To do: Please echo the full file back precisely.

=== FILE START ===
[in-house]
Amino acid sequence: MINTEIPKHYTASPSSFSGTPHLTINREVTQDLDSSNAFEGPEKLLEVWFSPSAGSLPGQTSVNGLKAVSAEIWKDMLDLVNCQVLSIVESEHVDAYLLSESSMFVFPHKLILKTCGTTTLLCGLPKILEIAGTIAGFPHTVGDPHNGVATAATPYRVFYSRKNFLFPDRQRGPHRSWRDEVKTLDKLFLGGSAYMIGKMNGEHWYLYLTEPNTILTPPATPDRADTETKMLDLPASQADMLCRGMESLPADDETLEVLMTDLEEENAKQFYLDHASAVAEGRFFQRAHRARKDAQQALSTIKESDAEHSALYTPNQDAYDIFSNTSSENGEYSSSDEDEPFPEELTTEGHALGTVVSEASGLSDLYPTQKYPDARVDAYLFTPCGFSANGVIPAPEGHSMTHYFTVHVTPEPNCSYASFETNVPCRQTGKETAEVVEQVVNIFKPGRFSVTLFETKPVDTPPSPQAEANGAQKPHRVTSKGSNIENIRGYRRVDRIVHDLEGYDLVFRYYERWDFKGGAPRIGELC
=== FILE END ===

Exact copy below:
[in-house]
Amino acid sequence: MINTEIPKHYTASPSSFSGTPHLTINREVTQDLDSSNAFEGPEKLLEVWFSPSAGSLPGQTSVNGLKAVSAEIWKDMLDLVNCQVLSIVESEHVDAYLLSESSMFVFPHKLILKTCGTTTLLCGLPKILEIAGTIAGFPHTVGDPHNGVATAATPYRVFYSRKNFLFPDRQRGPHRSWRDEVKTLDKLFLGGSAYMIGKMNGEHWYLYLTEPNTILTPPATPDRADTETKMLDLPASQADMLCRGMESLPADDETLEVLMTDLEEENAKQFYLDHASAVAEGRFFQRAHRARKDAQQALSTIKESDAEHSALYTPNQDAYDIFSNTSSENGEYSSSDEDEPFPEELTTEGHALGTVVSEASGLSDLYPTQKYPDARVDAYLFTPCGFSANGVIPAPEGHSMTHYFTVHVTPEPNCSYASFETNVPCRQTGKETAEVVEQVVNIFKPGRFSVTLFETKPVDTPPSPQAEANGAQKPHRVTSKGSNIENIRGYRRVDRIVHDLEGYDLVFRYYERWDFKGGAPRIGELC